Air regulators criticize Tesla plant in California for air pollution

A Tesla manufacturing plant in California has come under fire from local air regulators who say the electric car maker has frequently released illegal amounts of air pollution.

Tesla's manufacturing and assembly plant in Fremont has been cited for more than 110 air quality violations since 2019, more than double that of any other major facility in the Bay Area. Air district officials say the facility's two paint shops have been a source of uncontrolled emissions of smog-forming pollution and toxic chemicals over the years.

“Tesla's repeated failure to comply with air quality standards is unacceptable and increases the risk to public health,” Philip Fine, the air district's executive director, said in a statement.

The Bay Area Air Quality Management District is now seeking an order from the agency's quasi-judicial hearings board to force Tesla to correct the problems.

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It's an ironic turn of events for Tesla: America's largest electric car maker faces accusations of worsening air quality and endangering public health. The violations are another black eye for the company's co-founder and CEO, Elon Musk, who has stated “Tesla has done more to help the environment than all other companies combined.”

Tesla's Freemont plant, however, has previously been cited by the U.S. Environmental Protection Agency for violations related to toxic fumes emanating from leaking and improperly sealed paints, primers and automotive fluids.

Tesla representatives could not be reached for comment.

The Fremont plant was Tesla's first factory, where the first Model S rolled off the assembly line in 2012. It originally opened in 1962 as a General Motors assembly plant.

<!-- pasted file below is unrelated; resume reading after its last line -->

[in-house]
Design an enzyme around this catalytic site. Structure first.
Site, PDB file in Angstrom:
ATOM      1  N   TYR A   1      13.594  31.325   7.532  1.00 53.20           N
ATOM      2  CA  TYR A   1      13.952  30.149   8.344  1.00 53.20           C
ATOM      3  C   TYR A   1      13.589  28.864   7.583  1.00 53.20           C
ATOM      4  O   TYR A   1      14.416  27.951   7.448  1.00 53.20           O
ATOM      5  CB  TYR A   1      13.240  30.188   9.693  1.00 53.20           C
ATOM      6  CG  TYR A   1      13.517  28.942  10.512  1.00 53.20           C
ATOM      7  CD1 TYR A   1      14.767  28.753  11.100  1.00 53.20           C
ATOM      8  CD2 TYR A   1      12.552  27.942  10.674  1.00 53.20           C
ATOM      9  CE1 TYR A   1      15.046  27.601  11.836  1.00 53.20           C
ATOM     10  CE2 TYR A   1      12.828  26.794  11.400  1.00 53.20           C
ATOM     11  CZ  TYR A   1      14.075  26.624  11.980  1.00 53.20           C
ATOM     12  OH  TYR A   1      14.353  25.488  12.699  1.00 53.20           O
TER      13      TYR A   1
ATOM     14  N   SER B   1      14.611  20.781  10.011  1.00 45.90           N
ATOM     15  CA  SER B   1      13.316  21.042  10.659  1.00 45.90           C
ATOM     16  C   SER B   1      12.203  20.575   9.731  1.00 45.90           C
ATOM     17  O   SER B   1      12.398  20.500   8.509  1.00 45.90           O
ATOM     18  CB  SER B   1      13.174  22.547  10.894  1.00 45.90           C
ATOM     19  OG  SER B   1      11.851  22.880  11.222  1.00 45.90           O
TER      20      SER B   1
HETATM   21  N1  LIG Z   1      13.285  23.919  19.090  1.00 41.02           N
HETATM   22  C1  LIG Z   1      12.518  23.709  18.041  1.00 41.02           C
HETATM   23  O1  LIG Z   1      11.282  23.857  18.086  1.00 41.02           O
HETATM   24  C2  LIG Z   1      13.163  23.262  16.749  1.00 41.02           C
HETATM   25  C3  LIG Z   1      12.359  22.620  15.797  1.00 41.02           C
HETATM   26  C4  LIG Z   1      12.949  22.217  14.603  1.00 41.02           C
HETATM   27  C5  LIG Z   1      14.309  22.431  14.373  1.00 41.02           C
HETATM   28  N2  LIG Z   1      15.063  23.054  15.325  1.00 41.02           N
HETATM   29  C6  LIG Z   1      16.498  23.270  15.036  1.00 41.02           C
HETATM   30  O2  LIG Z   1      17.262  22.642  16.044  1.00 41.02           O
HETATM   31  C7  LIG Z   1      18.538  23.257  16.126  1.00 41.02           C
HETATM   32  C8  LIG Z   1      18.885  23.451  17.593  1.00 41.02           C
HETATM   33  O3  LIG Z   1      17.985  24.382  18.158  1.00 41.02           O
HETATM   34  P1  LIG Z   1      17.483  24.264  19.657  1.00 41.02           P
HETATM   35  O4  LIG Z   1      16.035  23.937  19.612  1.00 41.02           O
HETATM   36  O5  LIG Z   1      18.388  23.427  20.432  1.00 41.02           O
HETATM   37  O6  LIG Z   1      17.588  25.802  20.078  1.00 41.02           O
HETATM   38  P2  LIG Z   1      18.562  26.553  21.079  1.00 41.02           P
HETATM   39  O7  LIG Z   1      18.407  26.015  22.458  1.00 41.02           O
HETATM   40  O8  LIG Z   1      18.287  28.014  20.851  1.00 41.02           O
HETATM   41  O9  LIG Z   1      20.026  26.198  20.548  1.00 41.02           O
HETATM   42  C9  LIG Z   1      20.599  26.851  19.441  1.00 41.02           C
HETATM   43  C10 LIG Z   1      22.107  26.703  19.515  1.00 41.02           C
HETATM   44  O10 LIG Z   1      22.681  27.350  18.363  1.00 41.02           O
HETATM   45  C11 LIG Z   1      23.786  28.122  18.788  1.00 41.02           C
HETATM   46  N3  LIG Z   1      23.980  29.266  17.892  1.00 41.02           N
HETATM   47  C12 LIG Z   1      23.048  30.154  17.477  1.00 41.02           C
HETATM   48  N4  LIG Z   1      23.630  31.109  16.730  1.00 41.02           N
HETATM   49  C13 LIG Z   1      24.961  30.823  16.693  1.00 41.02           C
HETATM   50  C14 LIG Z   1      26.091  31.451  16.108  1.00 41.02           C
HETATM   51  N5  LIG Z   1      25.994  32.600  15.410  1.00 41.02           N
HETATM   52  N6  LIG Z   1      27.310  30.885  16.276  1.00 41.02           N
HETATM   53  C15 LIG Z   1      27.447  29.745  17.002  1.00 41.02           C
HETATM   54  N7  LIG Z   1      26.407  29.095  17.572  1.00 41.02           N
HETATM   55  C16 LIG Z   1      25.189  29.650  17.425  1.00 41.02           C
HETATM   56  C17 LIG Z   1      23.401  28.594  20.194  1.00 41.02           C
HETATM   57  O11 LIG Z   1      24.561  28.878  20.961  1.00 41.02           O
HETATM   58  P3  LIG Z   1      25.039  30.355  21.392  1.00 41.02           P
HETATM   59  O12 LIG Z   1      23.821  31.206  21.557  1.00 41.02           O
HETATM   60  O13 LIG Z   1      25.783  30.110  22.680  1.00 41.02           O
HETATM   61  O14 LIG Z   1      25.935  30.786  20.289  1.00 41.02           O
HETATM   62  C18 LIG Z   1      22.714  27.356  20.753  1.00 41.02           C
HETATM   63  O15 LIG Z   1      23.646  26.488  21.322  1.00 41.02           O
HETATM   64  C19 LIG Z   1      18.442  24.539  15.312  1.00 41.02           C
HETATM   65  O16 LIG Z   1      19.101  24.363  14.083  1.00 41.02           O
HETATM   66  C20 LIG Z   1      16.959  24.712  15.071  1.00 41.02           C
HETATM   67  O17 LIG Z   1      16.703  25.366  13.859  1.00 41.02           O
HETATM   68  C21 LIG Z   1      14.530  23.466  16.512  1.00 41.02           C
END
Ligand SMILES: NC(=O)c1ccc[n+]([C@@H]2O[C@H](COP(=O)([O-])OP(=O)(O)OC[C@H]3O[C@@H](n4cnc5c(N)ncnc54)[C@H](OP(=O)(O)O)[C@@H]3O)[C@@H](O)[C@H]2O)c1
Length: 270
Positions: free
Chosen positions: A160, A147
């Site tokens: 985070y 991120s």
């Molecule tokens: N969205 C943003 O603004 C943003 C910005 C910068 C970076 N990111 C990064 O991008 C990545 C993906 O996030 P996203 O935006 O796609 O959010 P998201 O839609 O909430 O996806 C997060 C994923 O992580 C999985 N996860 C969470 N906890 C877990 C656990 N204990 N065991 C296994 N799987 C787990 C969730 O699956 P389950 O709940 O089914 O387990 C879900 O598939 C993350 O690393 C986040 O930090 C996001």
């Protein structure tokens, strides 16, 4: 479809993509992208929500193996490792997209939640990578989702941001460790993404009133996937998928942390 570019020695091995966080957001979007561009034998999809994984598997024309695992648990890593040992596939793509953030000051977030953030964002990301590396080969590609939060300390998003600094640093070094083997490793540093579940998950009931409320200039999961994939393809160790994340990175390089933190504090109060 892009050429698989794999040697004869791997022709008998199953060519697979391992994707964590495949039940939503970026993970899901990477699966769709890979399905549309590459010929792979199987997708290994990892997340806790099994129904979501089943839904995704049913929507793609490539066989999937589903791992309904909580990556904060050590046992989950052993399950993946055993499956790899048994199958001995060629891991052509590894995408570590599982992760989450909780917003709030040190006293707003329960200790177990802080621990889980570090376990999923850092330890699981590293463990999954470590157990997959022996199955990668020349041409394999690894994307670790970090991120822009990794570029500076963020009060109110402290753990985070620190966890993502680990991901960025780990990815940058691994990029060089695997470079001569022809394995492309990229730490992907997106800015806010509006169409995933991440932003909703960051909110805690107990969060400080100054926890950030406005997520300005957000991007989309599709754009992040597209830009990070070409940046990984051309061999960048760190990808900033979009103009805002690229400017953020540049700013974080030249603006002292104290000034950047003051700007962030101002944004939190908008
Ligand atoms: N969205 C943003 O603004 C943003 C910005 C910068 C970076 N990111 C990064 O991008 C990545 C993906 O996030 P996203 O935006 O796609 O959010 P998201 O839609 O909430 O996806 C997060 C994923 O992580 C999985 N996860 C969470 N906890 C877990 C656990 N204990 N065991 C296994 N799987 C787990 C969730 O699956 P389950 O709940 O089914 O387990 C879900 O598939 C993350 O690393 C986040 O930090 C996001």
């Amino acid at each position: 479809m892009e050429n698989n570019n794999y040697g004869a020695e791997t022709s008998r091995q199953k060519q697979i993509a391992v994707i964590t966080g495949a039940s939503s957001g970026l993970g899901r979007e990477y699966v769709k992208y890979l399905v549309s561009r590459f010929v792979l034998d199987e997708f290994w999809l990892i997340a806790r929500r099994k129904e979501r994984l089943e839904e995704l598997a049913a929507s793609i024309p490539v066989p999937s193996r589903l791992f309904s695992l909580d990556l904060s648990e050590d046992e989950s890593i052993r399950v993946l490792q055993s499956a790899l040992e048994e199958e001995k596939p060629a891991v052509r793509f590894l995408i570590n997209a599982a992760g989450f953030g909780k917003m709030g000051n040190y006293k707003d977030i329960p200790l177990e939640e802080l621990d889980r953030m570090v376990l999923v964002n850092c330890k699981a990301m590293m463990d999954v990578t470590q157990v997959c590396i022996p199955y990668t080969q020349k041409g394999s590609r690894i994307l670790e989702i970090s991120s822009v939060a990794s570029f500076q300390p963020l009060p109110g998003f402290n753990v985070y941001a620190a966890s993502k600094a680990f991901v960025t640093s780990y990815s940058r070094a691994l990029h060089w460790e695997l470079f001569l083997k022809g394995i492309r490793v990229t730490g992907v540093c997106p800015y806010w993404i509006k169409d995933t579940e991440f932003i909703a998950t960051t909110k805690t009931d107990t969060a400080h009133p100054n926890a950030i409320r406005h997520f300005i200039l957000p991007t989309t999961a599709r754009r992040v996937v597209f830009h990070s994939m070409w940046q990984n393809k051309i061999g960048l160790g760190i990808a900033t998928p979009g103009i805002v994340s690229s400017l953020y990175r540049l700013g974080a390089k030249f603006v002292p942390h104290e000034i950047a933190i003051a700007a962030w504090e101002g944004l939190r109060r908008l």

The air district says frequent equipment breakdowns and improper emissions have occurred at Tesla's paint shops, which include a series of spray paint booths and ovens that speed up the drying process.

When the system is working properly, paint shops collect dangerous air pollution and essentially burn harmful chemicals. But frequent equipment failures have led to the emission of pollutants into the atmosphere.

In some cases, the air district says these emissions were avoidable, but Tesla has programmed its operations to automatically shut down its pollution control system and illegally vent harmful emissions in some situations.

In each of Tesla's air quality violations, it has released up to 750 pounds of illegal pollution, according to air district estimates.

The air district wants an independent engineering firm to investigate the incidents and propose solutions. The proposed oversight will be the subject of a meeting yet to be scheduled.

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